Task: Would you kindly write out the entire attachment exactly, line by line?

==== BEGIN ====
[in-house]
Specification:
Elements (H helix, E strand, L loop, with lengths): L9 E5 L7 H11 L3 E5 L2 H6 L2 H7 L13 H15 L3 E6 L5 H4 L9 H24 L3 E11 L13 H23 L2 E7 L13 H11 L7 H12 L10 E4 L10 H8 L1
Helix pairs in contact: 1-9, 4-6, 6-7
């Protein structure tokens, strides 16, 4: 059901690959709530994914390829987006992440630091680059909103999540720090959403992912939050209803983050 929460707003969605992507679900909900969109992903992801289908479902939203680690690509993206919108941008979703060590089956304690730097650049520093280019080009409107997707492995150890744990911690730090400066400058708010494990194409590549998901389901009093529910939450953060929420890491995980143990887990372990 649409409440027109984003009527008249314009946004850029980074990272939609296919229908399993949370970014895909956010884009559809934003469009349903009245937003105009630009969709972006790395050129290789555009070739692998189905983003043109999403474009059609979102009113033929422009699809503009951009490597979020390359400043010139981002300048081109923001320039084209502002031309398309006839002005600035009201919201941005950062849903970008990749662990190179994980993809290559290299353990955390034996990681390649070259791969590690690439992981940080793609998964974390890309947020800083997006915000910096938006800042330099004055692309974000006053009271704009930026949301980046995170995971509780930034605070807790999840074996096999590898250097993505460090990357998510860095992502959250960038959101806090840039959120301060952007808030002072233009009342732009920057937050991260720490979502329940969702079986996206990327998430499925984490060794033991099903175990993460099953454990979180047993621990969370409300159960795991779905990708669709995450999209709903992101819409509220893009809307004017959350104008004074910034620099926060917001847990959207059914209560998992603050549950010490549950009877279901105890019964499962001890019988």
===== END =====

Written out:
[in-house]
Specification:
Elements (H helix, E strand, L loop, with lengths): L9 E5 L7 H11 L3 E5 L2 H6 L2 H7 L13 H15 L3 E6 L5 H4 L9 H24 L3 E11 L13 H23 L2 E7 L13 H11 L7 H12 L10 E4 L10 H8 L1
Helix pairs in contact: 1-9, 4-6, 6-7
């Protein structure tokens, strides 16, 4: 059901690959709530994914390829987006992440630091680059909103999540720090959403992912939050209803983050 929460707003969605992507679900909900969109992903992801289908479902939203680690690509993206919108941008979703060590089956304690730097650049520093280019080009409107997707492995150890744990911690730090400066400058708010494990194409590549998901389901009093529910939450953060929420890491995980143990887990372990 649409409440027109984003009527008249314009946004850029980074990272939609296919229908399993949370970014895909956010884009559809934003469009349903009245937003105009630009969709972006790395050129290789555009070739692998189905983003043109999403474009059609979102009113033929422009699809503009951009490597979020390359400043010139981002300048081109923001320039084209502002031309398309006839002005600035009201919201941005950062849903970008990749662990190179994980993809290559290299353990955390034996990681390649070259791969590690690439992981940080793609998964974390890309947020800083997006915000910096938006800042330099004055692309974000006053009271704009930026949301980046995170995971509780930034605070807790999840074996096999590898250097993505460090990357998510860095992502959250960038959101806090840039959120301060952007808030002072233009009342732009920057937050991260720490979502329940969702079986996206990327998430499925984490060794033991099903175990993460099953454990979180047993621990969370409300159960795991779905990708669709995450999209709903992101819409509220893009809307004017959350104008004074910034620099926060917001847990959207059914209560998992603050549950010490549950009877279901105890019964499962001890019988």